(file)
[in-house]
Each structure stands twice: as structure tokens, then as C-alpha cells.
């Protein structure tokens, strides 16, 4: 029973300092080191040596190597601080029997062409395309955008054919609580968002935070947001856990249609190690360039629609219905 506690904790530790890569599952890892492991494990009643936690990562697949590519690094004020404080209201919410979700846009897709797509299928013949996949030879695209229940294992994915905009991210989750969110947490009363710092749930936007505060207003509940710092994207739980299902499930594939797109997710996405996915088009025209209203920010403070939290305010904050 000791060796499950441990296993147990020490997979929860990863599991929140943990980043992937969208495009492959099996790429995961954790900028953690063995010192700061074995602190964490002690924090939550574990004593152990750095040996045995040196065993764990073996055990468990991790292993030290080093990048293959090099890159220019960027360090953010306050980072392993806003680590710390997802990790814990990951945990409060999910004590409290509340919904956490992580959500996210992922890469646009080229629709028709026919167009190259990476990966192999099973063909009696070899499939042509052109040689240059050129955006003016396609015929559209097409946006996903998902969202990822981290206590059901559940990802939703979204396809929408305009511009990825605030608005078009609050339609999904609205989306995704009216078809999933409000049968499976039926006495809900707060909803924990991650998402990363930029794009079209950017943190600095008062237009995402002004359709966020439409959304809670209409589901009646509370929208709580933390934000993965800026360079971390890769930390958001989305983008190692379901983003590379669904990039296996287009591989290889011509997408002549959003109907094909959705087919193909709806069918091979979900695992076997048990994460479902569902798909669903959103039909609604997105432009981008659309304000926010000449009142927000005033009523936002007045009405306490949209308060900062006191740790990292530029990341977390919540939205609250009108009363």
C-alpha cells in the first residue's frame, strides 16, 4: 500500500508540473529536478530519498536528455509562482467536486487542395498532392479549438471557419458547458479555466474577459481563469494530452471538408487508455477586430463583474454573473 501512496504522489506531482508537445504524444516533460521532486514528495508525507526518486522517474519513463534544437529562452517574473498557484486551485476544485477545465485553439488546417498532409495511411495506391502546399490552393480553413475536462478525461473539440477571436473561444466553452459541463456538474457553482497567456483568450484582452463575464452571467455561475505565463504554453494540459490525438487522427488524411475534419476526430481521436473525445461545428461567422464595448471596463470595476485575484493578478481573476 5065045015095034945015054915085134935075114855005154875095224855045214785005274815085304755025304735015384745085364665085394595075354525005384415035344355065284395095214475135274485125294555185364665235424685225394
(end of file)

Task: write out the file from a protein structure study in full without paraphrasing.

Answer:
[in-house]
Each structure stands twice: as structure tokens, then as C-alpha cells.
């Protein structure tokens, strides 16, 4: 029973300092080191040596190597601080029997062409395309955008054919609580968002935070947001856990249609190690360039629609219905 506690904790530790890569599952890892492991494990009643936690990562697949590519690094004020404080209201919410979700846009897709797509299928013949996949030879695209229940294992994915905009991210989750969110947490009363710092749930936007505060207003509940710092994207739980299902499930594939797109997710996405996915088009025209209203920010403070939290305010904050 000791060796499950441990296993147990020490997979929860990863599991929140943990980043992937969208495009492959099996790429995961954790900028953690063995010192700061074995602190964490002690924090939550574990004593152990750095040996045995040196065993764990073996055990468990991790292993030290080093990048293959090099890159220019960027360090953010306050980072392993806003680590710390997802990790814990990951945990409060999910004590409290509340919904956490992580959500996210992922890469646009080229629709028709026919167009190259990476990966192999099973063909009696070899499939042509052109040689240059050129955006003016396609015929559209097409946006996903998902969202990822981290206590059901559940990802939703979204396809929408305009511009990825605030608005078009609050339609999904609205989306995704009216078809999933409000049968499976039926006495809900707060909803924990991650998402990363930029794009079209950017943190600095008062237009995402002004359709966020439409959304809670209409589901009646509370929208709580933390934000993965800026360079971390890769930390958001989305983008190692379901983003590379669904990039296996287009591989290889011509997408002549959003109907094909959705087919193909709806069918091979979900695992076997048990994460479902569902798909669903959103039909609604997105432009981008659309304000926010000449009142927000005033009523936002007045009405306490949209308060900062006191740790990292530029990341977390919540939205609250009108009363």
C-alpha cells in the first residue's frame, strides 16, 4: 500500500508540473529536478530519498536528455509562482467536486487542395498532392479549438471557419458547458479555466474577459481563469494530452471538408487508455477586430463583474454573473 501512496504522489506531482508537445504524444516533460521532486514528495508525507526518486522517474519513463534544437529562452517574473498557484486551485476544485477545465485553439488546417498532409495511411495506391502546399490552393480553413475536462478525461473539440477571436473561444466553452459541463456538474457553482497567456483568450484582452463575464452571467455561475505565463504554453494540459490525438487522427488524411475534419476526430481521436473525445461545428461567422464595448471596463470595476485575484493578478481573476 5065045015095034945015054915085134935075114855005154875095224855045214785005274815085304755025304735015384745085364665085394595075354525005384415035344355065284395095214475135274485125294555185364665235424685225394